by Jim Hinshaw

So we just completed a move from Phoenix to Dallas, started a new position with Service Roundtable, a company I have worked with as a consultant for years. I am the Vertical Market Manager for HVAC, one of four Vertical Markets under the Service Nation umbrella. Sit back while I share the onboarding process and how amazing it was.

This process started before I ever hit Dallas, got a series of emails detailing insurance coverage, holiday pay, benefits and responsibilities of my new position. The company had a portal that I logged into, where all my secret stuff was stored. In fact, I had a question early on, the first page in the portal said if I had questions, email one of our amazing team members who will get back to you fast! I did, and they did. Got an answer in just a few minutes, surprised me how quick it was.

They had a Zoom meeting scheduled for all team members a couple of days before I started, I was still in Phoenix packing up for the move. I was listening in (I believe the term is lurking) with video shut off. Someone asked if I was on the call, another person said I was but in listen mode only. So I opened up the video link, they all shouted out, Welcome Aboard. It felt really good. We hit town on a Sat, unpacked the UHaul, spent Sunday looking at our new town. I got an email Sunday evening, it said “Welcome to Your First Day”. Another really feel-good thing. That email shared what would happen on Monday, my first day. Who would be involved in filing out paperwork, how the phones worked, all the details for starting a new job.

Here is what is interesting. The portal, the emails, all were automated. No one had to sit down and crank out another message, set up a virtual meeting. Since I have had my own consulting business for the last 20 years, I had not been exposed to this sort of onboarding, maybe it happens every time today. But I doubt that. The new employee, no matter if they are 23 years old, or a multiple of that age, still feels a little nervous that first day.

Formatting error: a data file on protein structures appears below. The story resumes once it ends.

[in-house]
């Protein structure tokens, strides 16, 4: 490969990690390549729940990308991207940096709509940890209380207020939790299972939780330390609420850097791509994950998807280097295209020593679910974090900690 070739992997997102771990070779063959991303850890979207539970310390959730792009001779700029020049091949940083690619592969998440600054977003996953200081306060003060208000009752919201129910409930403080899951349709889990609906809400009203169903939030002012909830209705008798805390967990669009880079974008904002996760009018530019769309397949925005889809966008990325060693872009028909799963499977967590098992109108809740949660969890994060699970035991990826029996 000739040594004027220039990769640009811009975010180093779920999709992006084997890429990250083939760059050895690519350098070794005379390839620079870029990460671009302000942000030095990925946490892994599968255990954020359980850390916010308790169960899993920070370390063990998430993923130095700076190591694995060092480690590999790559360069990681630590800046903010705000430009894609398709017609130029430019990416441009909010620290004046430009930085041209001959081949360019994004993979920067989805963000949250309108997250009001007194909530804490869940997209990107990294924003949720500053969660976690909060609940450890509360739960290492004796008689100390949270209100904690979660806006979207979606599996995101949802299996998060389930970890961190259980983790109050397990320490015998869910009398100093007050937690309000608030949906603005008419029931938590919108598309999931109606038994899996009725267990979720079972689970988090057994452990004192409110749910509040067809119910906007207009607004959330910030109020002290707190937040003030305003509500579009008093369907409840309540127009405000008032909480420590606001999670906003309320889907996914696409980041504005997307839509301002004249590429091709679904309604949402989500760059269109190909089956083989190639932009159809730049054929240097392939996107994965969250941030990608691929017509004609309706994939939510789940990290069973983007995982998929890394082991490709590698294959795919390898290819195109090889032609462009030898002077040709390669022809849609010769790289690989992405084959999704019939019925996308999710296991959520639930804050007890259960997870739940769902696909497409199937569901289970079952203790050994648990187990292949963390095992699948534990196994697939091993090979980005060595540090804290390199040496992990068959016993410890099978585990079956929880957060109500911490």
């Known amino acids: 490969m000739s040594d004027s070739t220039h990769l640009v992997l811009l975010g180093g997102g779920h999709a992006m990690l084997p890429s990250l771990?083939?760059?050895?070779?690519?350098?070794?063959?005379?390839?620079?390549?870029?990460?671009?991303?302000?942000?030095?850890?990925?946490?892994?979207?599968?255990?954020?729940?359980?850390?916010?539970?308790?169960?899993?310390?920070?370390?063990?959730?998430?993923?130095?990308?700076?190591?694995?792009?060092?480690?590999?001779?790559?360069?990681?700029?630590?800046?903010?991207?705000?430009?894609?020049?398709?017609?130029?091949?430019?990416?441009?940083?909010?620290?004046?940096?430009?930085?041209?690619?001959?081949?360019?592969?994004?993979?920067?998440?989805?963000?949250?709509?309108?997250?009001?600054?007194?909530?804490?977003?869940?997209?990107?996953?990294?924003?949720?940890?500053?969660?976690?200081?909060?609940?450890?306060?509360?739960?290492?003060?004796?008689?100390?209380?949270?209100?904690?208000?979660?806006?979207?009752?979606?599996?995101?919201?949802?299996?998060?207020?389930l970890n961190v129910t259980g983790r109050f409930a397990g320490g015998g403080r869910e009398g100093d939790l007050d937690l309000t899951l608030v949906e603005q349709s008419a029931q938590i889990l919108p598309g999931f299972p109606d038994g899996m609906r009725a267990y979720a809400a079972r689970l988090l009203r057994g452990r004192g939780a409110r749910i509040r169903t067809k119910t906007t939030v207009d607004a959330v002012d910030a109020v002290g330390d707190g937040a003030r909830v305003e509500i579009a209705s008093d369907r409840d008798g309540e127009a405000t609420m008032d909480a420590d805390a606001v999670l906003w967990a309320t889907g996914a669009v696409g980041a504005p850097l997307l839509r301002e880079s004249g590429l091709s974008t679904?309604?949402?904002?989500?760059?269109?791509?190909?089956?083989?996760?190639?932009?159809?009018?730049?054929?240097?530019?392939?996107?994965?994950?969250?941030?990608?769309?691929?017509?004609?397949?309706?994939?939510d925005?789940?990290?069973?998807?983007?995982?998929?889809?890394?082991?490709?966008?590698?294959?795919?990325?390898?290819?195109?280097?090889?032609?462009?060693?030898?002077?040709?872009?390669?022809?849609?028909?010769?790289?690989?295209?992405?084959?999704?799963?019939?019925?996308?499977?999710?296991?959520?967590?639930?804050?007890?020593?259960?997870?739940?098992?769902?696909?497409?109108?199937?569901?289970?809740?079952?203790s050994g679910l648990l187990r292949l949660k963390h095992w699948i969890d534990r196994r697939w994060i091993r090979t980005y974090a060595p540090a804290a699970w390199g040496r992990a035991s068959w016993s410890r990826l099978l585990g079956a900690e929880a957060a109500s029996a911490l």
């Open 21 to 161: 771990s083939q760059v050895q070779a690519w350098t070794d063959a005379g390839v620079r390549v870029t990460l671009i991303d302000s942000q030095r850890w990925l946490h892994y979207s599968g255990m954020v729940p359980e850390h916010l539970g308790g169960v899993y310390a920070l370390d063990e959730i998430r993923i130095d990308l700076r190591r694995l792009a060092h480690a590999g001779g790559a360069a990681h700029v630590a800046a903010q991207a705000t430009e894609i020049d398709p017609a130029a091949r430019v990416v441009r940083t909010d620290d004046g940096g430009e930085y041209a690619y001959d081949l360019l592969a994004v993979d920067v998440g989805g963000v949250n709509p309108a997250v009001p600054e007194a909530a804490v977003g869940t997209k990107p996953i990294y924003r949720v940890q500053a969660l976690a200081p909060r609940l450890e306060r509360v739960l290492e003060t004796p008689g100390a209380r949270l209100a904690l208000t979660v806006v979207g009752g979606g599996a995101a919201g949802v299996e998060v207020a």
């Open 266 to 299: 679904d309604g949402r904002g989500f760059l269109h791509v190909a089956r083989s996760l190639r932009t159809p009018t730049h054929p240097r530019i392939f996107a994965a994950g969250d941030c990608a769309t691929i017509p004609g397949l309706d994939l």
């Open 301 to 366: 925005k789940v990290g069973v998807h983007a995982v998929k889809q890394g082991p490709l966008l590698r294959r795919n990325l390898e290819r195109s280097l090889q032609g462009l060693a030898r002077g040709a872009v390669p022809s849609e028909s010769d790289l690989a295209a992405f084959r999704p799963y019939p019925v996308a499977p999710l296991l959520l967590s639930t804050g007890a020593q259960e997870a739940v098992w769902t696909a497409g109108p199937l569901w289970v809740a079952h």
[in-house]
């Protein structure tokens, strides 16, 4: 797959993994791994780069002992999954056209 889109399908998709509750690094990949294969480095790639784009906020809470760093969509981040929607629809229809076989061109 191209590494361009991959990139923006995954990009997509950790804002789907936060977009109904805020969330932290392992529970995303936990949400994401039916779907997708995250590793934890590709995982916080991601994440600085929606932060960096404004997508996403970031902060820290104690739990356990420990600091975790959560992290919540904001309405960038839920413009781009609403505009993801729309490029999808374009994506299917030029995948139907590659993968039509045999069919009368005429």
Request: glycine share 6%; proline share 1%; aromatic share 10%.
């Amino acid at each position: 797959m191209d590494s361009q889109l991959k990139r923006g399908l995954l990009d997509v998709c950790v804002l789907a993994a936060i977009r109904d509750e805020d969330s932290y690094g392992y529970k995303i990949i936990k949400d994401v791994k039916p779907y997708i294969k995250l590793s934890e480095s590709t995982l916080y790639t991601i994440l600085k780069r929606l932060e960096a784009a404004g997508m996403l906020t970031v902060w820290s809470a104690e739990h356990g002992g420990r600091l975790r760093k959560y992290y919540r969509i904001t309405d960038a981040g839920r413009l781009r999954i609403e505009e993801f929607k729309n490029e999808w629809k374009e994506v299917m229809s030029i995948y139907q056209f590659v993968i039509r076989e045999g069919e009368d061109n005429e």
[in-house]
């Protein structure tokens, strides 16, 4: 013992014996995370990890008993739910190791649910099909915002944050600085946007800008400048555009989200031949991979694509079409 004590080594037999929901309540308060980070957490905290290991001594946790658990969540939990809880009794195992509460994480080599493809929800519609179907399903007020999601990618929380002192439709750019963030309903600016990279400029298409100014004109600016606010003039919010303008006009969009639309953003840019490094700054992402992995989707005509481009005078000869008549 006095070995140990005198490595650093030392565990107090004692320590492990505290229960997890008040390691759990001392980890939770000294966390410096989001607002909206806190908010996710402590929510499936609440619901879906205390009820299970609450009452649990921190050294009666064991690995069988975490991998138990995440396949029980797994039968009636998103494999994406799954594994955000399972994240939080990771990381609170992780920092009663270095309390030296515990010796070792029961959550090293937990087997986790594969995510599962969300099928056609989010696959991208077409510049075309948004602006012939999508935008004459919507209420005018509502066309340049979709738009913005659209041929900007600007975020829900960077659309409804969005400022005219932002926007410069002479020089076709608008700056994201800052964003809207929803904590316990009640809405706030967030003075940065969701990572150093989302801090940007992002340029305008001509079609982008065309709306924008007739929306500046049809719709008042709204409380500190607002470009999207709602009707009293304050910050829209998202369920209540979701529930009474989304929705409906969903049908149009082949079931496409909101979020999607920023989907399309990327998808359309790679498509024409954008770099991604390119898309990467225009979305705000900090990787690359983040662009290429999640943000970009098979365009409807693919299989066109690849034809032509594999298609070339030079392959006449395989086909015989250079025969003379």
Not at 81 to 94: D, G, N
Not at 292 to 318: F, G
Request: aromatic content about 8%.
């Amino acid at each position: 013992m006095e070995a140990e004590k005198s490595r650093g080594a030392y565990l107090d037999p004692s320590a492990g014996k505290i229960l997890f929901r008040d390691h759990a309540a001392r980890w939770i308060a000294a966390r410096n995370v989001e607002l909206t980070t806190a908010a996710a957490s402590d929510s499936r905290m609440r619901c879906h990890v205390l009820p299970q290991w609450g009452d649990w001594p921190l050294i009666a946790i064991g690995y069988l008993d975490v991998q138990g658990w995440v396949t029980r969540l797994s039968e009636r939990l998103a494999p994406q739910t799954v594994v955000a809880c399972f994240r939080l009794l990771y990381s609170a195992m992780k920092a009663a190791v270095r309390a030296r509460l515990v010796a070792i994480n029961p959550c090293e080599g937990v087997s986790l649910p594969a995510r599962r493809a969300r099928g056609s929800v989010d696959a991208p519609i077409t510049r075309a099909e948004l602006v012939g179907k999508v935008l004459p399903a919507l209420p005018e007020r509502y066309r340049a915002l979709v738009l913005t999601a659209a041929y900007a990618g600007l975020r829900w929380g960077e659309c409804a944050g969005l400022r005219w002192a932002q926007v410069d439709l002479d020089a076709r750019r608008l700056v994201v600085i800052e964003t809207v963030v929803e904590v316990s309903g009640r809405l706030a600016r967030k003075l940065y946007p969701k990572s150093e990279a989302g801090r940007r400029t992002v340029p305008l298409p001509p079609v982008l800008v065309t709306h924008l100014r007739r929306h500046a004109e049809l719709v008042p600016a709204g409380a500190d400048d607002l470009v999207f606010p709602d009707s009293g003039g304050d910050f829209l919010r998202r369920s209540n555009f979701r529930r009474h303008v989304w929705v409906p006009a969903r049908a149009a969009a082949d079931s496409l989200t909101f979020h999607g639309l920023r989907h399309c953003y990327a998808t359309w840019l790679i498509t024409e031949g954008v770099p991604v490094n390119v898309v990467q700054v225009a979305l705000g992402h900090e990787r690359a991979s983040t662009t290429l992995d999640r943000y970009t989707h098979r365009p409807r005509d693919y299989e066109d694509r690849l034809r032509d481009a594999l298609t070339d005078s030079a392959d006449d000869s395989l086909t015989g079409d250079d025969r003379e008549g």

When I came into my office, there were valentines all over the walls and offices. Turns out the company has a tradition of posting large heart shaped valentines for each employee. We just took them down two weeks later. One of the girls asked if I was going to keep mine. Told her had not thought of that, but I did put them on a shelf above my desk. She said she had hers saved for the past few years! Again, it is little things that make a huge difference.

Here is my application for your company. What is your onboarding process? Years ago I worked in the business as VP of sales for Donley Service Center. Jim Donley would sit down with each new hire and explain the culture of the company. Have a client that tells new techs and installers: I will never fire you for making a mistake, I will fire you for misleading or lying to a customer. I is a good thing to tell the new employees what the boundaries are, what is expected, as well as not accepted.

At the Service Roundtable, we have a couple of computer screens that have a rotating message in the break rooms and hallways. The messages are compliments for employees from co-workers when they have done something amazing, above and beyond the normal duties. We also have trivia details posted: Bob’s high school nickname, Amber’s first car, that sort of thing. Anyone can post positive messages; the idea is to lift us all up.

The concept is to get the team working as a team, to make sure everyone feels like an integral part of the customer solution process. When each employee feels important, they convey that feeling of confidence to the customers, it becomes much easier to work through the obstacles that we may find on the road to profits!

By the way, just had a group into our headquarters for some training, someone shared a concept on keeping employees, since people are at a premium in our industry. Set up an employee retention program, where you work to keep the techs, installers, and office staff on your team so they won’t drift to another company. Celebrate a successful month with a dinner, maybe reward team members with a tool allowance, fishing trip, house cleaning, whatever makes sense to show them you appreciate them. Again, it doesn’t have to be a week in Hawaii, but it shows that you want them to stay.

Take a look at how you receive the new person, how you can help them get integrated into your culture as soon as possible. You hired them because they can do something needed for your company, help them get there faster, feel better about themselves. It will pay dividends.

Thanks, we’ll talk later.